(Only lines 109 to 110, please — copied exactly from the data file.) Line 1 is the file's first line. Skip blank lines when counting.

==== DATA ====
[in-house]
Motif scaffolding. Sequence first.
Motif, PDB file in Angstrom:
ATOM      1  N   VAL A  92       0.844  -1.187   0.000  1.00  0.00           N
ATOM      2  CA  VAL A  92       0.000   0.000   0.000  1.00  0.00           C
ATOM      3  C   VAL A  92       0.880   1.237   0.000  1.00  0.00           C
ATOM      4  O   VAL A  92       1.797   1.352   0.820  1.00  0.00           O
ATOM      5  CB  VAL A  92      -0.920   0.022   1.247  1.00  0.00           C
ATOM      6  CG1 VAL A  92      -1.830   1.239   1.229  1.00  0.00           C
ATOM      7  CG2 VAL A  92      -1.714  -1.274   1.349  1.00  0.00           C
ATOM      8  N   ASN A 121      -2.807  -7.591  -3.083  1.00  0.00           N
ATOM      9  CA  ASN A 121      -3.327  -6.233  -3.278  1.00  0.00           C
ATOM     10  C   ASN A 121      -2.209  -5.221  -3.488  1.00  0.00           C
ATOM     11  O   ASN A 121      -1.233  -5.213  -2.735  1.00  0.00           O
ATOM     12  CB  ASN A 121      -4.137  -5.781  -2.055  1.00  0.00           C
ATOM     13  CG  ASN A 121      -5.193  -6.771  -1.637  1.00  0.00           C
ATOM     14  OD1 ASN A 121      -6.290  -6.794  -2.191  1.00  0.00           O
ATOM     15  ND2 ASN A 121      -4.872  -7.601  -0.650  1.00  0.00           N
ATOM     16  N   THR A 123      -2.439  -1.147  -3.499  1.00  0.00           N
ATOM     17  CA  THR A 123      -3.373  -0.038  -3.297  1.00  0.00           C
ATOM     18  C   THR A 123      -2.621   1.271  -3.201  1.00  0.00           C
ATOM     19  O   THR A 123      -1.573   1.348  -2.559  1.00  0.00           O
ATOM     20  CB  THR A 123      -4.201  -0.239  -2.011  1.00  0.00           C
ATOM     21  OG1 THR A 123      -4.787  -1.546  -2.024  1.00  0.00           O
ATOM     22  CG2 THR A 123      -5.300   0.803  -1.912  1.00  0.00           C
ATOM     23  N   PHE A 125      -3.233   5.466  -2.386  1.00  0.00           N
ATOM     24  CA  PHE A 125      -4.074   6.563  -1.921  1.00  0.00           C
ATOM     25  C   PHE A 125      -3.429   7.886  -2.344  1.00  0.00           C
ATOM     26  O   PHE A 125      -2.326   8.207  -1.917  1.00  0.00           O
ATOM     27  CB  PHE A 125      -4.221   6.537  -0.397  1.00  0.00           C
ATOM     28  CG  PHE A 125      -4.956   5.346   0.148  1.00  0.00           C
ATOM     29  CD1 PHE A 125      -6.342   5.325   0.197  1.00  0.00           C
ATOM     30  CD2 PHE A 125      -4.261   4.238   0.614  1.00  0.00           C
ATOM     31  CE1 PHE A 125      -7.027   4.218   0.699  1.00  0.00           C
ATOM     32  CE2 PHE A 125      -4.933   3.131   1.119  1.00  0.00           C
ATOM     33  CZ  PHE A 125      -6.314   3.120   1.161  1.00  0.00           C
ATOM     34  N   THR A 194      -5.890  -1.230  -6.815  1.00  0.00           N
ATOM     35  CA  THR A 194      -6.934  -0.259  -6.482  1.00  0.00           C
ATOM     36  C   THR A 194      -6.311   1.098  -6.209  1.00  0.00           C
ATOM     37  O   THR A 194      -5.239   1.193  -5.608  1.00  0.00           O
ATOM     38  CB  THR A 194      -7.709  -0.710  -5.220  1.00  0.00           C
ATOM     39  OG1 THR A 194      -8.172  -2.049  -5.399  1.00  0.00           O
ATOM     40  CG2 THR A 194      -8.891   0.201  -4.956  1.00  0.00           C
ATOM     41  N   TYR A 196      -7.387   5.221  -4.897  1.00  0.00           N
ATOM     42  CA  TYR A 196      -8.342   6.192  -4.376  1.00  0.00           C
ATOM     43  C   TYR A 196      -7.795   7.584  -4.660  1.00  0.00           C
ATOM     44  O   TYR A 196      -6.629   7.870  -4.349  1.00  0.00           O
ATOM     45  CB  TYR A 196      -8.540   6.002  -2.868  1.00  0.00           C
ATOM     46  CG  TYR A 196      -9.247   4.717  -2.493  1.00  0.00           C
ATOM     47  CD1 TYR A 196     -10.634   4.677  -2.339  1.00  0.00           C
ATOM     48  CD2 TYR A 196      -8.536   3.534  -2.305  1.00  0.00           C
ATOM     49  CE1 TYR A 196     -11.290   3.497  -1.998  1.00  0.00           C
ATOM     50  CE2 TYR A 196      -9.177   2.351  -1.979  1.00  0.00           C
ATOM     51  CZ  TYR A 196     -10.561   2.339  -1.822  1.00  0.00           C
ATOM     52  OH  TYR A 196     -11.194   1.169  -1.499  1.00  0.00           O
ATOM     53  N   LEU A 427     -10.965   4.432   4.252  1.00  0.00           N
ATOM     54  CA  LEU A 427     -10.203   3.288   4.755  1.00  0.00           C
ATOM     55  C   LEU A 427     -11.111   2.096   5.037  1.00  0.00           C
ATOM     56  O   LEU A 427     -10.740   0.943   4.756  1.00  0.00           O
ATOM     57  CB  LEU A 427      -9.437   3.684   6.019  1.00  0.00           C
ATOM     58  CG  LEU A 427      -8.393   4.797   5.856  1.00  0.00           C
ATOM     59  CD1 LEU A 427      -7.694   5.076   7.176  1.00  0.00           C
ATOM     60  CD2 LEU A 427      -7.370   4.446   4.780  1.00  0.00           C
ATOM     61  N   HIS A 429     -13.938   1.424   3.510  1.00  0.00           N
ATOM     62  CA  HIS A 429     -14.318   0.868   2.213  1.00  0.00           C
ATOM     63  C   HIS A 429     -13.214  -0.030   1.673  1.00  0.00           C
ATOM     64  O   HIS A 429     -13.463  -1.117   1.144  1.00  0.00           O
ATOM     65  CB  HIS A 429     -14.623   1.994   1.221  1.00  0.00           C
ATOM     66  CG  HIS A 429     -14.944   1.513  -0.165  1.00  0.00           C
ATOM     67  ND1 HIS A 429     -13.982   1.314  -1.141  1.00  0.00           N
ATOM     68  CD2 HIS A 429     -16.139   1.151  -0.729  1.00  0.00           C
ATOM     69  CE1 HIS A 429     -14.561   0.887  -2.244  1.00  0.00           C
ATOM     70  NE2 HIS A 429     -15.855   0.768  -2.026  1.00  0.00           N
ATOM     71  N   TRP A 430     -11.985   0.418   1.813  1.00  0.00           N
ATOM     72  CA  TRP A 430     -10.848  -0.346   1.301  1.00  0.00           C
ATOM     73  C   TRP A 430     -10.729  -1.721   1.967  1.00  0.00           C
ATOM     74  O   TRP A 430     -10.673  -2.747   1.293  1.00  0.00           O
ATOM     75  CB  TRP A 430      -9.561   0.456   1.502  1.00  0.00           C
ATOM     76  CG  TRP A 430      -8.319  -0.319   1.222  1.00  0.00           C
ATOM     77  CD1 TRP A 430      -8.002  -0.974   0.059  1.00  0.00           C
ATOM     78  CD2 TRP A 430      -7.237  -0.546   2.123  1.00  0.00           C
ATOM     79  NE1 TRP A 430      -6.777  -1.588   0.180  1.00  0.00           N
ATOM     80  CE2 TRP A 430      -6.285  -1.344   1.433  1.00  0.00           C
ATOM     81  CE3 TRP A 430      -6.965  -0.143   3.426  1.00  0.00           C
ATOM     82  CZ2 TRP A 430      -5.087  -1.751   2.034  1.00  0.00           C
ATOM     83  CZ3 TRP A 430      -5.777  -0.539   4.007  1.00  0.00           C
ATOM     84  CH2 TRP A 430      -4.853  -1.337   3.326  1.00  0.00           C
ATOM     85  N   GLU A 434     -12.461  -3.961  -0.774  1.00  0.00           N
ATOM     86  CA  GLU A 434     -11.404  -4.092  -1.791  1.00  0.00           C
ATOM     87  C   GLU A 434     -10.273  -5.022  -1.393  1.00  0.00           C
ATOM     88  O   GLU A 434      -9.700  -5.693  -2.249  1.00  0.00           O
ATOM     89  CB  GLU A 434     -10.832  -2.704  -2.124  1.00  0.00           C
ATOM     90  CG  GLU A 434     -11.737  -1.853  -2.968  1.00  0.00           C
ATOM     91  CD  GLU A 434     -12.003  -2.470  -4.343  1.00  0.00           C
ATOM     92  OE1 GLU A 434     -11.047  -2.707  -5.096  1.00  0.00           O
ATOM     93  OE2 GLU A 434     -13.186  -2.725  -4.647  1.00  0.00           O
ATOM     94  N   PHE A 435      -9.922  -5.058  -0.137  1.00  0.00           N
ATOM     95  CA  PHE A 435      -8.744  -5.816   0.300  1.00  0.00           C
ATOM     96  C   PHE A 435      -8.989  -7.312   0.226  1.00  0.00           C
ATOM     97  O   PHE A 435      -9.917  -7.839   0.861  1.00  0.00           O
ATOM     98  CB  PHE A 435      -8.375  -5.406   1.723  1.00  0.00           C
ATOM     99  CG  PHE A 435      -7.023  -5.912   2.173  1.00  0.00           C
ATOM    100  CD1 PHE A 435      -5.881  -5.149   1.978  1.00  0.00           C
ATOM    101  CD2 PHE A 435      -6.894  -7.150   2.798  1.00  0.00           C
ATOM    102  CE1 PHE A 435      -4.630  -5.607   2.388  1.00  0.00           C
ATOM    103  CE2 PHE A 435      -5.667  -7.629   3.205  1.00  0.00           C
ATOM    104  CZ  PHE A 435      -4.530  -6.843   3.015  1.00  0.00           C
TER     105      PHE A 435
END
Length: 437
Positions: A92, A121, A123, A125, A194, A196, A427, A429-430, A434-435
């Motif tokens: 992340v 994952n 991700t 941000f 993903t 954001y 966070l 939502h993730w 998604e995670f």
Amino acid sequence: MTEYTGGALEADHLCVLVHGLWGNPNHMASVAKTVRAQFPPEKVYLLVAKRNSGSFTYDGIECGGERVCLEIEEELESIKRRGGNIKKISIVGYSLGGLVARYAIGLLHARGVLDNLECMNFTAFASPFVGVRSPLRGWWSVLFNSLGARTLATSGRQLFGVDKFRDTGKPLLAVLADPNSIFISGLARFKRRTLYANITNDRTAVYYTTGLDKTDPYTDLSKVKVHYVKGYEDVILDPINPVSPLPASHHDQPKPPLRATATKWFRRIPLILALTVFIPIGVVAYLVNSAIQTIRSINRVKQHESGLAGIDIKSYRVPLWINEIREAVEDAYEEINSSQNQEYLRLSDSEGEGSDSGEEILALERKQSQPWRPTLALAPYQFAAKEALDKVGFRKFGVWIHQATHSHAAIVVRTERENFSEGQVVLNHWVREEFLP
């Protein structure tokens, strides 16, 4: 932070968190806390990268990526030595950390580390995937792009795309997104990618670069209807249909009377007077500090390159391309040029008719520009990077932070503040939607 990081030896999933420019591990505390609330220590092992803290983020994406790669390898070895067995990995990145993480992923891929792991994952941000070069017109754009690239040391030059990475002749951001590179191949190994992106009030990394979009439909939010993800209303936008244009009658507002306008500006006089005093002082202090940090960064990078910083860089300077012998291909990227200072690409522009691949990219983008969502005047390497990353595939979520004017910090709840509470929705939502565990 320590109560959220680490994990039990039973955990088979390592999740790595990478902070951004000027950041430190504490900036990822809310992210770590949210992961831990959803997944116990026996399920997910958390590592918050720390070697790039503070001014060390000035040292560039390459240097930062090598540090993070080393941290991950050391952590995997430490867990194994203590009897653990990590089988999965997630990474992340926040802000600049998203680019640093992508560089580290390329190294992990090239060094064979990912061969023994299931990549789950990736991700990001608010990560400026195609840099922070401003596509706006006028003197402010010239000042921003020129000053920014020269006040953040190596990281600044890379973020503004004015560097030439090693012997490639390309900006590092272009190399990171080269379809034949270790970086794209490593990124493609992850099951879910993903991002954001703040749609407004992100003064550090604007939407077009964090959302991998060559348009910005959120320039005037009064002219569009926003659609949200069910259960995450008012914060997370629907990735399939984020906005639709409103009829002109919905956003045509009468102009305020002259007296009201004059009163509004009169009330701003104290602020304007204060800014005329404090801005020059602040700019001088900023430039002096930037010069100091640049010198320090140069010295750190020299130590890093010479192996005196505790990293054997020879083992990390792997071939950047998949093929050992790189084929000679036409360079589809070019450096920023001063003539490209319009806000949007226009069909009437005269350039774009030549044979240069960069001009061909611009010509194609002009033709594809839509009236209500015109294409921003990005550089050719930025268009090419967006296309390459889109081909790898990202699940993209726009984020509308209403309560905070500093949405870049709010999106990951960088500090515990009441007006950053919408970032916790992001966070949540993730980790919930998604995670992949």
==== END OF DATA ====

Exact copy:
END
Length: 437